Here’s why immunizations are still necessary:

– Newborn babies are immune to many diseases, because they have antibody protection from their mothers. This immunity is mostly gone by the end of the first year of life, leaving unvaccinated babies susceptible to the abovementioned vaccine-preventable illnesses.

– Although our country has virtually eliminated these diseases, many Third World countries with poor immunization programs are still plagued by vaccine-preventable illnesses. These diseases are only a plane ride away. An infected traveler could bring such an illness back to the States, where it could spread rapidly if people were not adequately immunized.

– In the U.S., pertussis (whooping cough) is making a comeback, and tetanus is still infecting some people.

– Widespread immunization is necessary because it helps to keep a disease from spreading within a population. This helps to protect those few who, whether by choice or by necessity, are not immunized.

Immunizations are safe. A decade ago, an unsubstantiated study tried to link immunizations to autism. A well-publicized article from England sounded the alarm connecting the measles, mumps and rubella vaccine to autism. This started a grassroots movement that has led many to reject all vaccinations. However, the majority of the authors of that article have withdrawn their support for it, and the lead author was found guilty of professional misconduct and had his license to practice medicine revoked.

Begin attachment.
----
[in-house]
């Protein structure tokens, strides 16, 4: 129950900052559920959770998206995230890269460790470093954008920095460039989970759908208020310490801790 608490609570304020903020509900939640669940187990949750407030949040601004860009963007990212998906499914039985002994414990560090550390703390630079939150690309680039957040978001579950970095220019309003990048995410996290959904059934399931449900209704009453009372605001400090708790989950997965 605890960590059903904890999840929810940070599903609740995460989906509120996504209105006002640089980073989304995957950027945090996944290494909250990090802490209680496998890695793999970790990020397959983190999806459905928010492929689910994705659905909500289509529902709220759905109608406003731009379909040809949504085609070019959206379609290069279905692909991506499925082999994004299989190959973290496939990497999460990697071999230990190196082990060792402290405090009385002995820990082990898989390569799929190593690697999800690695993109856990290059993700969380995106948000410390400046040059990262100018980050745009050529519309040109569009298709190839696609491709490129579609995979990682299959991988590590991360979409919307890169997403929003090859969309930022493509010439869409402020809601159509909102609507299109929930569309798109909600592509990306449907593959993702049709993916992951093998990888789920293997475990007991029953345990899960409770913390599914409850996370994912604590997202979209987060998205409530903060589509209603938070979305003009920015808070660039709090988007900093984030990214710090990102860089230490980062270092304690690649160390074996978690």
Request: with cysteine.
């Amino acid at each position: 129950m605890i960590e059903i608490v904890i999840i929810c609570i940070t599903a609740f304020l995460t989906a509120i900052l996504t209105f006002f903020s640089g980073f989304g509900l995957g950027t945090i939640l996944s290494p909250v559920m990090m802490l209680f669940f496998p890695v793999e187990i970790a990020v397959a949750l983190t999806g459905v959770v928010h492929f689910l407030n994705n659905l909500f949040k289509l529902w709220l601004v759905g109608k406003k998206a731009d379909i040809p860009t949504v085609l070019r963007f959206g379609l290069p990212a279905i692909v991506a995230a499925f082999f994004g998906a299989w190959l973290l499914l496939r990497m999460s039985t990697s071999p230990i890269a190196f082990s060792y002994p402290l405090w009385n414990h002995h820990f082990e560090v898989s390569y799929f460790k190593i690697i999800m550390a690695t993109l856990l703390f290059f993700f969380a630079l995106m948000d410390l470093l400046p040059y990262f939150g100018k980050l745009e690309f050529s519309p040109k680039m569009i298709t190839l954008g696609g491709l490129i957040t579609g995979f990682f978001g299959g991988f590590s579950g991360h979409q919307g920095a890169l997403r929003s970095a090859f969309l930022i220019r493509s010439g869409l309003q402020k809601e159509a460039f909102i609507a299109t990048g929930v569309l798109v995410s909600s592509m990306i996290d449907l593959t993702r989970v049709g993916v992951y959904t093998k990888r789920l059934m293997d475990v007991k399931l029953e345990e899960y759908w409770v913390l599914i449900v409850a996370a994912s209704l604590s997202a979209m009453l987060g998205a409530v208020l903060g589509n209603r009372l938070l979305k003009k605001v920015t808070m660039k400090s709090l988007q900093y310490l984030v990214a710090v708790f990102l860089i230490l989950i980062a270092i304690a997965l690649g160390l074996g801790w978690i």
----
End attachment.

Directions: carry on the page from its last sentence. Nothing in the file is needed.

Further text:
Many well-controlled scientific studies have all concluded that there is no scientific or statistical relationship between immunizations and autism.

Unfortunately, the rates of immunized children entering kindergarten in Santa Cruz County are some of the lowest in the nation, with only 84 percent fully vaccinated. The San Lorenzo Valley is even lower, with just 65 percent fully immunized.

Just recently, Felton had a measles scare, prompting a major investigation. The outcome was favorable this time, as it did not infect anyone except the carrier, but a significant epidemic could spread through our area in the future because of our low immunization rates.

Until vaccine-preventable illnesses are eliminated worldwide, as with deadly smallpox — a result of the most successful immunization program ever — I strongly recommend that as many of our children as possible be routinely immunized and thus protected from potentially life-threatening diseases.